11.13         Copyright protects the creative works of Indigenous visual artists and craft practitioners to the same extent that it protects material created by non-Indigenous artists. However, there are gaps between the protection given to cultural material under the Australian legal system, and the rights and obligations in relation to cultural material under Indigenous customary law.

11.14         The following requirements must be met for copyright to exist in a work. As noted below, much Indigenous cultural material does not meet these criteria.

11.15         ¬†Copyright protection does not protect styles, methods or ideas. By way of contrast, Indigenous communities generally recognise ongoing rights in relation to particular images and styles.[13]

11.16         The duration of copyright protection is generally the life of the artist plus 70 years. The Act does not recognise any continuing right of Indigenous custodians to their ICIP after the term of copyright protection has expired. Yet cultural works remain part of an Indigenous group's culture and are of great significance to their traditional custodians in perpetuity.[14] The Myer Report noted that the current time limit on copyright protection is inconsistent with Indigenous concepts of cultural heritage and traditional knowledge and that in any future review of the term of copyright, the particular needs of Indigenous visual artists should be taken into consideration.[15]

11.17         Various reforms to the Copyright Act were suggested. NAVA argued that the Copyright Act should be amended so that the copyright in works produced by Indigenous artists under certain employment arrangements should remain with the artist. NAVA suggested that Indigenous artists employed under CDEP schemes, for example, should retain copyright in the works they produce.

11.18         In addition, NAVA suggested that the Government develop guidelines for determining under what circumstances it is appropriate for an employer to own the copyright to a work produced by an Indigenous artist. These guidelines should acknowledge restrictions on ownership of culturally important material and knowledge.[16]

11.19         An alternative approach was advocated by Janke and Frankel. They argued that specific legislation which protects all Indigenous cultural and intellectual property is preferred over amendments to the Copyright Act. The specific legislation would recognise Indigenous cultural ownership in Indigenous visual arts and craft, and literary and dramatic works; and 'provide rights in that material which allow Indigenous people the rights of prior consent and to negotiate rights for suitable use'.[17]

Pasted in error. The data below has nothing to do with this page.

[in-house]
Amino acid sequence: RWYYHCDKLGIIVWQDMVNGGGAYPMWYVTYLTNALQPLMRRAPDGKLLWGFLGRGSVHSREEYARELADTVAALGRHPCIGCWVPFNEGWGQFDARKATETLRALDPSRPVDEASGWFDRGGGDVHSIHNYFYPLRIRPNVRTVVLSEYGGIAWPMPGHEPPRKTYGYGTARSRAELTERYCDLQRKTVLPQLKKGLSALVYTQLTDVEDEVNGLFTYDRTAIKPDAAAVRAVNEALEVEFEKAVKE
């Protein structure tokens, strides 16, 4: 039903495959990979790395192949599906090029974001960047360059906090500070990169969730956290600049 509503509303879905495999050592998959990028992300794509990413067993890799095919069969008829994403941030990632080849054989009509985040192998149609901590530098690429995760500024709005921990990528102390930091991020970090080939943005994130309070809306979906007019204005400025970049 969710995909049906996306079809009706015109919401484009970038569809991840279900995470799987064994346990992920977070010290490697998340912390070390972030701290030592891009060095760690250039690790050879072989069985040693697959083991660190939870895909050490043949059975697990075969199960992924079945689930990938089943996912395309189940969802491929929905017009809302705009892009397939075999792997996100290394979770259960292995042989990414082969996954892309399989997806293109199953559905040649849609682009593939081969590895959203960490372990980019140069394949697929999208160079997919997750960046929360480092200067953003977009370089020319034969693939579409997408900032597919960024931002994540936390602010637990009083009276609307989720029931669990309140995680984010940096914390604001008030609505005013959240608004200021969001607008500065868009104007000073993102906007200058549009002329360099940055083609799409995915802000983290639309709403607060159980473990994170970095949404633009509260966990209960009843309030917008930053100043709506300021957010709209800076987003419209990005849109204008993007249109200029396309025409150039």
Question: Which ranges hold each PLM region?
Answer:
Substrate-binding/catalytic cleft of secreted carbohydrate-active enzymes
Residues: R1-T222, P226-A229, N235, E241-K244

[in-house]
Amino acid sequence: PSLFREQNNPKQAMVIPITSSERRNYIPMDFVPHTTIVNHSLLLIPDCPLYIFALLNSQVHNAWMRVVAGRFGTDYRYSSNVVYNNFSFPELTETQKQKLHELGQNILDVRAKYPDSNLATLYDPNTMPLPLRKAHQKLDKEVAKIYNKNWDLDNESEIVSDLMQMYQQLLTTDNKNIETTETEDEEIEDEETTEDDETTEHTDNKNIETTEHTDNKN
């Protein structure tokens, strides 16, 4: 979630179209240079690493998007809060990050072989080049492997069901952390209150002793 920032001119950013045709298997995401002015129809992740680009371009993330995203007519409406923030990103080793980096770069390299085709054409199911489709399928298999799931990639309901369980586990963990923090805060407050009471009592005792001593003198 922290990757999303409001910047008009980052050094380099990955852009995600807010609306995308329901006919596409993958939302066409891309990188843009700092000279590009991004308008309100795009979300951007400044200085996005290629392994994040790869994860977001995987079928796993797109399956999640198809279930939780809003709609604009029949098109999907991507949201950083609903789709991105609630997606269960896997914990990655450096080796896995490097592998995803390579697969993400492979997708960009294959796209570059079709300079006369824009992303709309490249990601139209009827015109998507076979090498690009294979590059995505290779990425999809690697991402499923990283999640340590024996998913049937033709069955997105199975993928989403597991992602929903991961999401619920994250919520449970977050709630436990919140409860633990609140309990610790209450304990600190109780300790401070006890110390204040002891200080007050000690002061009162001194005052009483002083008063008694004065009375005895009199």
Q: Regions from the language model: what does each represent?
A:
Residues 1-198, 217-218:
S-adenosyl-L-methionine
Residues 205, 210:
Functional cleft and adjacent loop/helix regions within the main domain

Registered designs

11.20         Under the Designs Act 2003 'design' is defined in the following terms:

'Design' in relation to a product, means the overall appearance of the product resulting from one or more visual features of the product.

11.21         The designs laws protect designs as they are applied to products and items. Under Indigenous customary laws, a design or motif belongs to a certain Indigenous cultural group, and there are laws that govern who can use and reproduce this material. The designs law applies to Indigenous designs as it does to all designs that meet the requirements for protection. There is, however, no special protection for Indigenous designs or cultural material under the Designs Act.

11.22         A design can only be registered in relation to a 'product' – it is not possible to register a design itself. A 'product' is 'a thing manufactured or hand made'. Certain Indigenous designs such as clan insignia may not be commercially applied to a product, therefore they are not registrable as a design under the Designs Act.[18]

11.23         Under the Act, protection for registered designs exists for a maximum of 10 years. Once design protection expires the registered designs are able to be used by any person.

11.24         Indigenous peoples' right to use their communally-owned designs, and to exclude use by others under their customary law, is a cultural practice that continues in many Aboriginal communities:

The limited term of protection for designs limits the rights of Indigenous cultural custodians to control the use of their sacred motifs or clan identified designs outside this period. Once the period has expired, any person, either inside or outside a cultural group, can use an Indigenous motif or design without seeking proper consent under customary law.[19]